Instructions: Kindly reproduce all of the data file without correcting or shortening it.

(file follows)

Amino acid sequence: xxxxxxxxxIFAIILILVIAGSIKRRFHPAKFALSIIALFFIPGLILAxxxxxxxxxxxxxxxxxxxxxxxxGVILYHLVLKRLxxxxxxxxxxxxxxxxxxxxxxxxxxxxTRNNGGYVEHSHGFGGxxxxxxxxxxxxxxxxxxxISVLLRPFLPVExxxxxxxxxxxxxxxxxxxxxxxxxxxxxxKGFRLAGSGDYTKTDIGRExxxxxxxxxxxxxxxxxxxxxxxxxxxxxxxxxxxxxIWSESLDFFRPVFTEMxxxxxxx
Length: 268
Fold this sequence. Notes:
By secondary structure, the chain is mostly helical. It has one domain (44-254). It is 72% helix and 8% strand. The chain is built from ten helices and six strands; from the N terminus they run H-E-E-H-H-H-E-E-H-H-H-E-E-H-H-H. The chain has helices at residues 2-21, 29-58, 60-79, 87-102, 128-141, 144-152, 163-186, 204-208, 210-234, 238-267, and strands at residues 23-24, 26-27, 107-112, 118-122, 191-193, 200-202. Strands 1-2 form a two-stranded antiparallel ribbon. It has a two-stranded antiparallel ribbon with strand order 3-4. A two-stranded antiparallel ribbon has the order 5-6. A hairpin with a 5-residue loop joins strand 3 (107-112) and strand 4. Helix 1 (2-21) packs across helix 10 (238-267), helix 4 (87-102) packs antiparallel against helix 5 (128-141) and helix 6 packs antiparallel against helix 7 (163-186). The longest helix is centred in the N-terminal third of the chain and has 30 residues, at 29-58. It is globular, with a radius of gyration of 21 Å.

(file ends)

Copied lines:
Amino acid sequence: xxxxxxxxxIFAIILILVIAGSIKRRFHPAKFALSIIALFFIPGLILAxxxxxxxxxxxxxxxxxxxxxxxxGVILYHLVLKRLxxxxxxxxxxxxxxxxxxxxxxxxxxxxTRNNGGYVEHSHGFGGxxxxxxxxxxxxxxxxxxxISVLLRPFLPVExxxxxxxxxxxxxxxxxxxxxxxxxxxxxxKGFRLAGSGDYTKTDIGRExxxxxxxxxxxxxxxxxxxxxxxxxxxxxxxxxxxxxIWSESLDFFRPVFTEMxxxxxxx
Length: 268
Fold this sequence. Notes:
By secondary structure, the chain is mostly helical. It has one domain (44-254). It is 72% helix and 8% strand. The chain is built from ten helices and six strands; from the N terminus they run H-E-E-H-H-H-E-E-H-H-H-E-E-H-H-H. The chain has helices at residues 2-21, 29-58, 60-79, 87-102, 128-141, 144-152, 163-186, 204-208, 210-234, 238-267, and strands at residues 23-24, 26-27, 107-112, 118-122, 191-193, 200-202. Strands 1-2 form a two-stranded antiparallel ribbon. It has a two-stranded antiparallel ribbon with strand order 3-4. A two-stranded antiparallel ribbon has the order 5-6. A hairpin with a 5-residue loop joins strand 3 (107-112) and strand 4. Helix 1 (2-21) packs across helix 10 (238-267), helix 4 (87-102) packs antiparallel against helix 5 (128-141) and helix 6 packs antiparallel against helix 7 (163-186). The longest helix is centred in the N-terminal third of the chain and has 30 residues, at 29-58. It is globular, with a radius of gyration of 21 Å.